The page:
Virginia Sea Grant offers many different types of funding for graduate students and post-grads researching issues relevant to coastal Virginia.
Category for Research
Virginia Sea Grant offers funding opportunities for researchers, graduate students, and undergraduate students.
Before applying for any Virginia Sea Grant funding, make sure your project fits within the goals of our 2010-2014 Strategic Plan.
- Research Funding Opportunities
- Fellowships & Internships
- Access eSeaGrant (eSG) electronic submission and review system and other resources for those submitting full proposals to our Coastal and Marine Science RFP
Annual Research Portfolios
Featured Research Stories
Virginia Sea Grant and Middle Peninsula Planning District Commission are seeking innovative reuse ideas for a suite of waterfront properties through a student-faculty research team project.
Virginia Sea Grant Fellows Mark Stratton and Ryan Schloesser are conducting research about fish populations. With the support of his Virginia Sea Grant Graduate Research Fellowship, he’ll be able to share that knowledge with fisheries managers who need it.
Billur Celebi is studying how changing CO2 concentrations and temperatures will affect eelgrass in Virginia’s coastal waters. For the outreach portion of her project, she teamed up with Chris Witherspoon and Jovonne Vrechek of the Virginia Aquarium to develop educational programming about seagrass and ecosystem health for Aquarium guests and student programs.
With its proximity of the Chesapeake Bay, Williamsburg is an obvious location for a community supported fishery to thrive. To further investigate the potential for a CSF in Williamsburg, an interdisciplinary student and faculty team conducted a feasibility study. This study can be separated into three major sections: market research, organizational design, and supplier research.
VASG-funded seagrass researchers on the Eastern Shore are studying the effects of climate change on submerged aquatic vegetation.
Virginia Sea Grant funded researchers develop a strategy for breeding oysters with improved disease resistance and other profitable characteristics for Virginia’s oyster aquaculture industry.
Bringing oysters and industry back after almost a century of disease decimated wild populations was part science, part serendipity.
VASG-funded researchers want to improve the bottom line for Virginia’s oyster growers by selectively breeding oysters with more profitable traits.
As aquaculture efforts expand in Virginia and Maryland, the potential for use conflicts between aquaculture and other uses of the Bay is also growing. The goal of this project is to update a model that maps preferred areas for aquaculture development. In addition, a map viewer will be developed to allows managers to monitor and […]
Three oyster experts took a road trip into the mind of a seafood buyer, visiting high-end restaurants to find out what makes a half-shell oyster worth purchasing. The Virginia Sea Grant-funded research team want to breed a better, more profitable oyster for Virginia’s aquaculture industry.
Viruses tend to fly—or float—under the radar when it comes to most water quality standards, but Wendi Quidort’s research may be changing that soon. The Virginia Sea Grant Graduate Research Fellow, who is working towards her Ph.D. at Virginia Institute of Marine Science (VIMS), has been making some interesting discoveries about what viruses released from wastewater treatment plants might be doing in Virginia’s creeks and estuaries.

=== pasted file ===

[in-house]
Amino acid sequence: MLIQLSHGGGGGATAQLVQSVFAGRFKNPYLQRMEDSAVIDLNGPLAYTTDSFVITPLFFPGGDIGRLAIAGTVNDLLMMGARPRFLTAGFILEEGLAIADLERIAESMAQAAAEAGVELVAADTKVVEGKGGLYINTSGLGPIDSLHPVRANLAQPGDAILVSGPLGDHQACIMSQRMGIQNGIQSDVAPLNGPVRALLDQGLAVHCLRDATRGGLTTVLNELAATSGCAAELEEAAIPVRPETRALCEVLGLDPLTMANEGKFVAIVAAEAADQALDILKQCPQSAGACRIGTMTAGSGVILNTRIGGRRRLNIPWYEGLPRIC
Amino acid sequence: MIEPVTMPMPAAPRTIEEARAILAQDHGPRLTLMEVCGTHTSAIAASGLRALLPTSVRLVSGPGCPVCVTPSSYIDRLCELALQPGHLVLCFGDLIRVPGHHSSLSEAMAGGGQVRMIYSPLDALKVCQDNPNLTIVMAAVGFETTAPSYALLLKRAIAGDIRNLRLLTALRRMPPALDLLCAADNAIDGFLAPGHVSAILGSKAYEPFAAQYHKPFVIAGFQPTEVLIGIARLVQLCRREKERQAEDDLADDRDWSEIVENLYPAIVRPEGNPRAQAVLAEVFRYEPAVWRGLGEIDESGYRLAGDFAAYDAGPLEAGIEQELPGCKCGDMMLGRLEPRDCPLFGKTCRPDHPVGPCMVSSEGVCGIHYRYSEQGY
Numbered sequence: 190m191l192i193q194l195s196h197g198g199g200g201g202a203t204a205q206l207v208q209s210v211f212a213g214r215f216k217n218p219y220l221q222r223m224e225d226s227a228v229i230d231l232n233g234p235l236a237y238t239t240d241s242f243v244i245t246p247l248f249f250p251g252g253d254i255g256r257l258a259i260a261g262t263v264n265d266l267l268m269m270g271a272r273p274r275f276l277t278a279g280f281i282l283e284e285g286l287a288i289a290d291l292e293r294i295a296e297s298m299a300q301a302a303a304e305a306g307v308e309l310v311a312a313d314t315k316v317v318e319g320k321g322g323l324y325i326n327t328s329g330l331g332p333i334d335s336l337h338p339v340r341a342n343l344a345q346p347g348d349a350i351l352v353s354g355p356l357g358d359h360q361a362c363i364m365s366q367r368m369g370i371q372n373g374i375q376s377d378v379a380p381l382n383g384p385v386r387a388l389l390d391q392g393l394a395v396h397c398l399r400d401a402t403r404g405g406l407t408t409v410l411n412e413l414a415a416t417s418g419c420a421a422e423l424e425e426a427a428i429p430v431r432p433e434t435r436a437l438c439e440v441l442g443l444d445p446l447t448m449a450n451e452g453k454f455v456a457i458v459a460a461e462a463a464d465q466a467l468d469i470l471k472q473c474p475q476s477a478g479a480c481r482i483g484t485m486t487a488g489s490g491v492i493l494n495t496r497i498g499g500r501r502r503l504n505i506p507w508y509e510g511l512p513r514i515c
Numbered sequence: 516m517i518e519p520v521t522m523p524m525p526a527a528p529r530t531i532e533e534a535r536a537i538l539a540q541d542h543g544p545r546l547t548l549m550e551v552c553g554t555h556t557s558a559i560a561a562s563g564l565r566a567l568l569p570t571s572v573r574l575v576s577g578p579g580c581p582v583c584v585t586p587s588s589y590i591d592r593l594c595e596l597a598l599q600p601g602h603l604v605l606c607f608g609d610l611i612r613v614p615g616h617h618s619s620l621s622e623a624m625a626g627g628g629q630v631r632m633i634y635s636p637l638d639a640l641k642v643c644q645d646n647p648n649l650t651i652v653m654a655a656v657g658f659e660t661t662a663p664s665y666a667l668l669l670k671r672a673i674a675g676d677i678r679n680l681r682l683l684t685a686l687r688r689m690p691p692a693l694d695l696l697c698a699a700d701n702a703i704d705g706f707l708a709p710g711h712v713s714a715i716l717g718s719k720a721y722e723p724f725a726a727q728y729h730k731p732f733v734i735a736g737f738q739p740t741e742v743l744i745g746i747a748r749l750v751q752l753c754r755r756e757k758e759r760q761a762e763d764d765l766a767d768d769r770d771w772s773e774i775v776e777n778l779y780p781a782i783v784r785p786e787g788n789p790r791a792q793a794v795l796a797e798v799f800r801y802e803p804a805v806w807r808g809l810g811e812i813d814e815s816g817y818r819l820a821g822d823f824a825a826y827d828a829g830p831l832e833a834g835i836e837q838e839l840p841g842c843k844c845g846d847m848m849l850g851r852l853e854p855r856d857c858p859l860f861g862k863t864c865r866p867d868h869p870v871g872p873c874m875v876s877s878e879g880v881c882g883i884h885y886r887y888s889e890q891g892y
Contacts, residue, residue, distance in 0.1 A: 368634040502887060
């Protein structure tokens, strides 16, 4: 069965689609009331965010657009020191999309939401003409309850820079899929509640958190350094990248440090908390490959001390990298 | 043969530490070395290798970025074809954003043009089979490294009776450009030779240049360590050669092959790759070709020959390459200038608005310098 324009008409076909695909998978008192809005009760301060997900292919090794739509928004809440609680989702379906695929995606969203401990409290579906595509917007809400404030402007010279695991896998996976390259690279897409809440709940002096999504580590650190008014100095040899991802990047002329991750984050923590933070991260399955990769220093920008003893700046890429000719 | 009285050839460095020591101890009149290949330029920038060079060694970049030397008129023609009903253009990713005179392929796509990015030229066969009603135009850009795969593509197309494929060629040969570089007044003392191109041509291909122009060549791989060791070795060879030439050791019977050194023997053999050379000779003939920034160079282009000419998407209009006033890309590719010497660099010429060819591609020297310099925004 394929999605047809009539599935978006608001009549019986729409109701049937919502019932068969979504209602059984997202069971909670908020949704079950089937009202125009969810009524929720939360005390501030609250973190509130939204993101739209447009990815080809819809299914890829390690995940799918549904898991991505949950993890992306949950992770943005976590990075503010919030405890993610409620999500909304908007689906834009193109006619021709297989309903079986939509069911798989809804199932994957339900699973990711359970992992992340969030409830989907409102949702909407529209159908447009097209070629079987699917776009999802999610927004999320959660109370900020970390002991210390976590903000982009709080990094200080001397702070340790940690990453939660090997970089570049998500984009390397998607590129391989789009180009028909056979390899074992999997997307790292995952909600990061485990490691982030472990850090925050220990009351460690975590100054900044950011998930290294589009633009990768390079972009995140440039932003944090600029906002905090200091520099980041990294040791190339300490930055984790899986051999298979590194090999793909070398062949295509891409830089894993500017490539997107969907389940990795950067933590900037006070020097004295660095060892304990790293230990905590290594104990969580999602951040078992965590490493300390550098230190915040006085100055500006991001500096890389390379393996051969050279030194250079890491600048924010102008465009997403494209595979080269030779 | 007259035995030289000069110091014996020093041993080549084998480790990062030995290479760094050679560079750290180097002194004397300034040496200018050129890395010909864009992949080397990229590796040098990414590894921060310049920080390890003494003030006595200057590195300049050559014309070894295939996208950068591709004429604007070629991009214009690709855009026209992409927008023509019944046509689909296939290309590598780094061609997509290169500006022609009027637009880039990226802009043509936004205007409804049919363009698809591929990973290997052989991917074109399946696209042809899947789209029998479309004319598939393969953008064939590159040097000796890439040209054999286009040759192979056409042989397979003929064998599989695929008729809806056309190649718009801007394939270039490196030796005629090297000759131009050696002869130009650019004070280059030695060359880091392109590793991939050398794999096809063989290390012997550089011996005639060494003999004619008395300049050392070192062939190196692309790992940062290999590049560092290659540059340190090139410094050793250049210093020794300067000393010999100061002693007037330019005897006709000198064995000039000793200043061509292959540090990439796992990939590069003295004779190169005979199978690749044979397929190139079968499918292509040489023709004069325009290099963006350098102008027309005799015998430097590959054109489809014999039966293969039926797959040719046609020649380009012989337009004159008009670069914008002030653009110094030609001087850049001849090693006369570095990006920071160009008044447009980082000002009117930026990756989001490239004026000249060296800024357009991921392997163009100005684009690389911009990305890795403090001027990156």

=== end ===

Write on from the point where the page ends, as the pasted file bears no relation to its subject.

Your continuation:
Seeing — and listening — really does equal believing when it comes to public understanding of the sea-level rise that threatens communities along the Chesapeake Bay. That’s the finding of a recent experiment that tested an interactive, online map and other new ways of showing Marylanders who live by the Bay just how real may be the threat of increased coastal flooding from rising seas.
VASG-funded researcher John Boon and his team have added forecasts to their tide monitoring website, giving residents of the lower Chesapeake Bay region a new tool for gauging the magnitude of coastal flooding in a given location and minimizing its potential impacts.
These cobia and spadefish hatched to help scientists refine the larvae production process and determine nutrition needs. As tagged fish, they will have one last opportunity to contribute to science as they live out their lives in the wild.
University of Virginia graduate student and Virginia Sea Grant Fellow Alia Al-Haj researches how environmental change will affect seagrass restoration efforts.
Melissa Keywood has received a 2012 Walter B. Jones Award for Excellence in Coastal and Ocean Management. Keywood recently finished her master’s in Urban and Environmental Planning at the University of Virginia (UVA).
Christopher Newport University biology professor Jessica Thompson wants to know whether man-planted grassy banks designed to stop shoreline erosion might also play an important ecological role: providing habitat for small fish called mummichog.
Diamondback terrapins face a variety of threats—from coastal development to crab fishing. A team of VASG-funded researchers are mapping terrapin habitat and threats to aid in the development of effective management strategies.
Virginia’s hard clam industry produces between $20 and $30 million of clams annually, and individual clam farms cover areas ranging from 10’s to 100’s of acres. A Virginia Sea Grant-funded research team led by VIMS faculty members Iris Anderson, Mark Luckenbach, and Mark Brush is investigating the effects of these large-scale aquaculture operations on the flow of nutrients in Bay ecosystems. The results will help managers and clam farmers make sure the industry can function sustainably for years to come.